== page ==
President Joe Biden faces his greatest challenge in heading off armed conflict with China while trying to appease the Chinese into relaxing their aggressive tendencies all around Asia. Nowhere is the conflict in Biden’s China policy more acute than in his carefully stated, ambivalent pronouncements on Taiwan, the Republic of China, the off-shore Chinese province that remains staunchly independent from mainland China, the People’s Republic of China.

It was to be expected when Biden and China’s President Xi Jinping staged their “virtual summit” from their respective capitals that Biden would support “one China.” That’s by way of recognizing that Beijing in theory may include Taiwan as legitimately a part of its territory.

Biden’s affirmation of “one China,” however, does not mean the U.S. is betraying Taiwan. Under the Taiwan Relations Act, enacted more than 40 years ago, the U.S. “opposes unilateral efforts to change the status quo or undermine peace and stability across the Taiwan strait.” That dire warning remains in effect. Superficially, nothing would appear to have changed since Chiang Kai-shek led his defeated forces across the 110-mile-wide Taiwan Strait as Mao Zedong’s Red Army was completing its victory on the Chinese mainland on October 1, 1949.

On yet another level, though, Biden remains his usual unconvincing self. One would not have expected him, in that much-anticipated meeting with Xi, to go out of his way to anger the Chinese leader, but he hardly appeared like a stalwart figure in the face of a potential threat not only to Taiwan but to the American position in Asia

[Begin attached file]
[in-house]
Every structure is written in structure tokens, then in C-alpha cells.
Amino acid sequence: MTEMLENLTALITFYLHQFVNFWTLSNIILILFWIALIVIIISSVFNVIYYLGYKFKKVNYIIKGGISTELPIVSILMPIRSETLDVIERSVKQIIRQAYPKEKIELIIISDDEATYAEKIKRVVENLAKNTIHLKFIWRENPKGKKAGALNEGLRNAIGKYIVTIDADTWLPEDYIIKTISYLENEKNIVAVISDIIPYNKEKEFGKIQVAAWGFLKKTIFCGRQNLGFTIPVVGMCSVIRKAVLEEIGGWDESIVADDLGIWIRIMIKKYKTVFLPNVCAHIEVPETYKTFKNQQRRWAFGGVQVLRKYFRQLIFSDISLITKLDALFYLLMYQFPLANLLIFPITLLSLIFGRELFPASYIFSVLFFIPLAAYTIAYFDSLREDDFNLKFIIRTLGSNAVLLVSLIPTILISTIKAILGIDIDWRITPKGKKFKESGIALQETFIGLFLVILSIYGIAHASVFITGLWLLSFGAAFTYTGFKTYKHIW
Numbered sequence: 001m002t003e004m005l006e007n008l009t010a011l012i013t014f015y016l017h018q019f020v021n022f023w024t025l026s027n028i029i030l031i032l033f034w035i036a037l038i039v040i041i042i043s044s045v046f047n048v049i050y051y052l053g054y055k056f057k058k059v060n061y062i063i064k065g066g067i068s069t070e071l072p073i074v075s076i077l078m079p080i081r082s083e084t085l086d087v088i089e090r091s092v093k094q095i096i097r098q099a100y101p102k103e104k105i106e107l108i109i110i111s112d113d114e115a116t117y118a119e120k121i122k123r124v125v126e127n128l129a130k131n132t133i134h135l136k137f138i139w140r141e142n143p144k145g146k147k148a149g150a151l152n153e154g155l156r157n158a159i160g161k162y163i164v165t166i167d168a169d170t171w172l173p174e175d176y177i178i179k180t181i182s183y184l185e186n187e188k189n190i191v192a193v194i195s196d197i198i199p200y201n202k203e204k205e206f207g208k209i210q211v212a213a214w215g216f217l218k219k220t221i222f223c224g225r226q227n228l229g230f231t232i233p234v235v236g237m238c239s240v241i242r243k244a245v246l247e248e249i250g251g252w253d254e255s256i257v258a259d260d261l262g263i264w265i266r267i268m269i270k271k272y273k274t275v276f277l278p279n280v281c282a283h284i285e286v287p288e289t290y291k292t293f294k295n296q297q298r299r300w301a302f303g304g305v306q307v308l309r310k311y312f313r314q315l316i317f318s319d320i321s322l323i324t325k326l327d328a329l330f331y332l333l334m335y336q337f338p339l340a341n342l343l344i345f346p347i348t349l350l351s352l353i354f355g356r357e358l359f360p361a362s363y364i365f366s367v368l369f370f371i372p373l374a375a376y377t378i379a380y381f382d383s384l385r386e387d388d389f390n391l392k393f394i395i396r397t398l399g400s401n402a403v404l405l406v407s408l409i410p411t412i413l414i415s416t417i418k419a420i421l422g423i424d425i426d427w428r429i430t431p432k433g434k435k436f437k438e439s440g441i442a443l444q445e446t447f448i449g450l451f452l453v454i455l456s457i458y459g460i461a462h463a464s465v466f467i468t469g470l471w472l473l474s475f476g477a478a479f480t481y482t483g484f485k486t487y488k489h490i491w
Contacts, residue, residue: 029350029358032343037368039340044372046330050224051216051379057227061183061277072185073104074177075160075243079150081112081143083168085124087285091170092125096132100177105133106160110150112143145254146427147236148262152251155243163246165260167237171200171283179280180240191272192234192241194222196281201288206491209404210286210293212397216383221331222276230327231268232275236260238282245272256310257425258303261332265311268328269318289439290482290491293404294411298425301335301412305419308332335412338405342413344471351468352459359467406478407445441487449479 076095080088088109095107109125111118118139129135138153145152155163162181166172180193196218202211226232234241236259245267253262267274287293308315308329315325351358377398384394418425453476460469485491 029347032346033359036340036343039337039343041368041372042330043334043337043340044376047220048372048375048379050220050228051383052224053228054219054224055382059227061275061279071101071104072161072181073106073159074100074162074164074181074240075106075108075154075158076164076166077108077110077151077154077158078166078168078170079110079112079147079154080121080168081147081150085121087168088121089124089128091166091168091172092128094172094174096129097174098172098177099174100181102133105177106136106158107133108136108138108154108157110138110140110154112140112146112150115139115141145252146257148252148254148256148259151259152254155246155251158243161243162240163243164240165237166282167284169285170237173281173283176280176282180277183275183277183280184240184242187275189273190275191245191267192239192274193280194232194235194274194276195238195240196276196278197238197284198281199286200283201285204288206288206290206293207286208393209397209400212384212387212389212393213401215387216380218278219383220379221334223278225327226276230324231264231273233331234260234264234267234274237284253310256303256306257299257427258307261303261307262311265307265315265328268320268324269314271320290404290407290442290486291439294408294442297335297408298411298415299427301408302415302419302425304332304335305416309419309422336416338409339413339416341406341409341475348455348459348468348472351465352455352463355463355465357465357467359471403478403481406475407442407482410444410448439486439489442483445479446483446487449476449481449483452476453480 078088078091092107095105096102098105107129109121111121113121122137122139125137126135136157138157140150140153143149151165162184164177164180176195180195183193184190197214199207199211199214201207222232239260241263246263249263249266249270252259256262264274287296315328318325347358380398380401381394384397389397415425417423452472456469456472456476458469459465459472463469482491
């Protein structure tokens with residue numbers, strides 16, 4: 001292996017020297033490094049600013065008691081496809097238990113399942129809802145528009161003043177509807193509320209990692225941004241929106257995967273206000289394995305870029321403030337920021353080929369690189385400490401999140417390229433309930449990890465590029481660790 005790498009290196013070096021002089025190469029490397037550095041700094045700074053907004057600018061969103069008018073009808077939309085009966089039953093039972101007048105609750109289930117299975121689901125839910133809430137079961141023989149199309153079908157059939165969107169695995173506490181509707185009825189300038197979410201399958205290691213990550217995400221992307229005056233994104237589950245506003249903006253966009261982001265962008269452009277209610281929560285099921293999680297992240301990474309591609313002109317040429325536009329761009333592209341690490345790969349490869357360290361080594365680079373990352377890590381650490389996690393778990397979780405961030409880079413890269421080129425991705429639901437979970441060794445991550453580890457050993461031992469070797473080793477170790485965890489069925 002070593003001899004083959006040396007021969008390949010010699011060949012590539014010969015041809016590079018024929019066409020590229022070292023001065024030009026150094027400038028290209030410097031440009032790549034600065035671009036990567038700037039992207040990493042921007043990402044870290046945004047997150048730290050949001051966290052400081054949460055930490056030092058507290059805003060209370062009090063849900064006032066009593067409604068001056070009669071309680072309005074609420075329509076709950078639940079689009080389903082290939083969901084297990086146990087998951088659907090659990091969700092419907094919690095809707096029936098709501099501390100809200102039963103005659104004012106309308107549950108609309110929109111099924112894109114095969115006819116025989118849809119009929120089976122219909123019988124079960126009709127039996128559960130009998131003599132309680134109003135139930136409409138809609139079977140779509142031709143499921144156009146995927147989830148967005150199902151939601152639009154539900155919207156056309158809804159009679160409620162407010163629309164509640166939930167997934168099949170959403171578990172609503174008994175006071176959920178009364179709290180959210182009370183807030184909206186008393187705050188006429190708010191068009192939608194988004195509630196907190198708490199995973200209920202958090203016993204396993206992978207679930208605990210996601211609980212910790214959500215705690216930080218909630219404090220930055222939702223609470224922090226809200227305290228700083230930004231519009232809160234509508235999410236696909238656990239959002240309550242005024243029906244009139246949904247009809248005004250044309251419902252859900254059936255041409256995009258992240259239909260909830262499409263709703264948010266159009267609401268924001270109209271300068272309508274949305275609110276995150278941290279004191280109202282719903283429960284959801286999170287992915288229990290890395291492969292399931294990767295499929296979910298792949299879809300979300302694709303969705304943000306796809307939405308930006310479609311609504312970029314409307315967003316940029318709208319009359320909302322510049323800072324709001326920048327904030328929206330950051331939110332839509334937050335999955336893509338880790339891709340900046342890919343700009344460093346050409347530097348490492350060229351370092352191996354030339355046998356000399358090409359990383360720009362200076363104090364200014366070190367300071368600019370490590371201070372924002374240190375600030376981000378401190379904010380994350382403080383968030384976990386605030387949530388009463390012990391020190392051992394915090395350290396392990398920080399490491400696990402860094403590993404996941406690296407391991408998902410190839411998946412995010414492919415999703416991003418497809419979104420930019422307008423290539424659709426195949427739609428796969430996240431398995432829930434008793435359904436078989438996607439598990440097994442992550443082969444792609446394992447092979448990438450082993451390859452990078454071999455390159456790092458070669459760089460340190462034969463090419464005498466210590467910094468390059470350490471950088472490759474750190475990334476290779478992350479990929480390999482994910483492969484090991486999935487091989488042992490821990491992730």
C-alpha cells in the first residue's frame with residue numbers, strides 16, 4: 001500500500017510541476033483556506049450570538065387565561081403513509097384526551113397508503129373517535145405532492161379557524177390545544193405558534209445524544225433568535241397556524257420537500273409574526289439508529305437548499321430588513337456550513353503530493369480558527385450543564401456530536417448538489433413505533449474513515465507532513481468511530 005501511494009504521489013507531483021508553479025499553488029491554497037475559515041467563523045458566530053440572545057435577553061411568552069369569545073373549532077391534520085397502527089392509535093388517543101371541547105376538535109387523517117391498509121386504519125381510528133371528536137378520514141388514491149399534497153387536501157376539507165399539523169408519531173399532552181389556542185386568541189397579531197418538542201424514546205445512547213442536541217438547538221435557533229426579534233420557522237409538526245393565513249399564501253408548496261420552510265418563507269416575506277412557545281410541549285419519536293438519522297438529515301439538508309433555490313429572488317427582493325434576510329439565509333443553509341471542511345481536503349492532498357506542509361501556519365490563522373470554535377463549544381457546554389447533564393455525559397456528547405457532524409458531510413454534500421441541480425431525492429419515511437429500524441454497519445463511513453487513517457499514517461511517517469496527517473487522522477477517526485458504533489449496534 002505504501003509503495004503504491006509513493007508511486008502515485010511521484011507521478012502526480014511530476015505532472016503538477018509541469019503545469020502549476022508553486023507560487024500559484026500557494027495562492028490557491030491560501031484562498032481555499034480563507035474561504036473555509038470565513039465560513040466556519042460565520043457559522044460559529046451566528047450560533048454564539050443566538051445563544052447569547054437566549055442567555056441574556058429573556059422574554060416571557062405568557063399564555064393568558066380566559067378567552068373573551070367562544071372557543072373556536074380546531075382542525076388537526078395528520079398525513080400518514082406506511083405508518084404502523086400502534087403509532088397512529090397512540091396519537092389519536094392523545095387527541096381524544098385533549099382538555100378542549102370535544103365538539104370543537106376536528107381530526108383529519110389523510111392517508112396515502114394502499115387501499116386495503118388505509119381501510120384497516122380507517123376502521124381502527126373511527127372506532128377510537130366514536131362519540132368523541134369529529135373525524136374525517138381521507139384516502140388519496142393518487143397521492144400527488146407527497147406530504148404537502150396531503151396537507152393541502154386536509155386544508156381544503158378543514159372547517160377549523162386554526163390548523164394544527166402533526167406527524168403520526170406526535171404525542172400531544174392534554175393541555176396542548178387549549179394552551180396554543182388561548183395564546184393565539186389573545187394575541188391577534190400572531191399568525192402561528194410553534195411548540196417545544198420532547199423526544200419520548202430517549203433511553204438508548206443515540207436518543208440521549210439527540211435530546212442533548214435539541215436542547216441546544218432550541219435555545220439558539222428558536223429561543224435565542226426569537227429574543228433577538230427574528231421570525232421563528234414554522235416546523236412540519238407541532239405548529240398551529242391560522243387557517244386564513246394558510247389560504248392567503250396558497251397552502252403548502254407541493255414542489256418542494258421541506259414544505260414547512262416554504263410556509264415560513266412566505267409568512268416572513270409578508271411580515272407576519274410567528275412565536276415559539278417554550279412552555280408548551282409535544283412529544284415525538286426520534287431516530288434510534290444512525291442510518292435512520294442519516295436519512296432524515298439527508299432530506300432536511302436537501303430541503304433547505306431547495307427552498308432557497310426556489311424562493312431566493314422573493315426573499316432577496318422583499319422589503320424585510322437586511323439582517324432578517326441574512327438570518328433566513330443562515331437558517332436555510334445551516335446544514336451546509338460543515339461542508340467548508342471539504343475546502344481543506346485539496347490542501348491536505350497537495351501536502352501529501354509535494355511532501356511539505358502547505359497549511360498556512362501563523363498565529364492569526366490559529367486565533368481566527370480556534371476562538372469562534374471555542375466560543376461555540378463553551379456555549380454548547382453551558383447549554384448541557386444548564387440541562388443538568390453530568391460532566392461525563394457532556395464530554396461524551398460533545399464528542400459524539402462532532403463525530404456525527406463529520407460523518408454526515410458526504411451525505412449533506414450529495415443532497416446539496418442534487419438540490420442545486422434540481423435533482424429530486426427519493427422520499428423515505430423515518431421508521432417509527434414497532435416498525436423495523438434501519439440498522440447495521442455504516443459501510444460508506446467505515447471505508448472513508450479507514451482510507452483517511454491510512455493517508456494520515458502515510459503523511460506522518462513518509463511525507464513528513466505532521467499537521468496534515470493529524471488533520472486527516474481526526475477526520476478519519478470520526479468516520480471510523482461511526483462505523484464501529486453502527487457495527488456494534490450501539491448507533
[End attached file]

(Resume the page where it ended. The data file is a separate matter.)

In the final analysis, no one can tell just how the U.S. will react if China at long last launches an attack on Taiwan. More than seven decades since the rise of Communist China, we’ve heard so many Chinese claims to the island province that it’s easy to dismiss their latest as familiar propaganda.

Yet there are increasing signs that China may soon do more than pose an abstract threat. Most recently, Chinese fighter planes have intruded into the air defense zones of Taiwan as well as South Korea. The U.S. has sold billions of dollars of armaments, ranging from planes to tanks, to Taiwan and has sent a few Marines and special operations troops as advisers to small units on the island, but there’s no sign the Americans would marshal a force needed to forestall Chinese attack.

Taiwan’s military, nearly 300,000 in all services, would desperately need the Americans to rush to the defense against the People’s Liberation Army, 2,185,000 on active duty backed by an increasingly modern air force and navy.

That’s where Biden would face his most severe test.

After the U.S. withdrawal from Afghanistan, it’s reasonable to question Biden’s willingness to wage war against any foreign force. The upcoming Winter Olympics in Beijing may at least test his will to stand up against Chinese rhetoric. Biden may order a “diplomatic boycott” of the games, meaning U.S. officials at all levels would stay away. That gesture, however, would be of no concern to millions focusing on the games, not on the people in the stands. As long as the U.S. sends its best cold-sport athletes, the world will not really care.

But if the U.S. orders a total boycott of the Games, including athletes and officials, many around the world will criticize the Americans as poor sports for politicizing what should be a great chance to show off the skills of U.S. performers on the ice and snow. Just think of the criticism, that overwhelmed Jimmy Carter when he pulled the U.S. from the 1980 Summer Olympics in Moscow as punishment for the Soviet Union’s refusal to get out of Afghanistan. Several months later, Carter lost to Ronald Reagan in his bid for a second term in the White House.

Nor would a boycott of the Olympics, whether diplomatic or total, really prove Biden’s dedication to Taiwan or South Korea or any other country feeling Chinese pressure. A boycott might grab a few headlines but would not tell us what Biden would do militarily if the Chinese were to attack Taiwan.

Biden and Xi in their virtual summit reaffirmed their desire for peace, relieving growing tension, but only postponed the showdown that will test the depth of Biden’s will to defend America’s friends.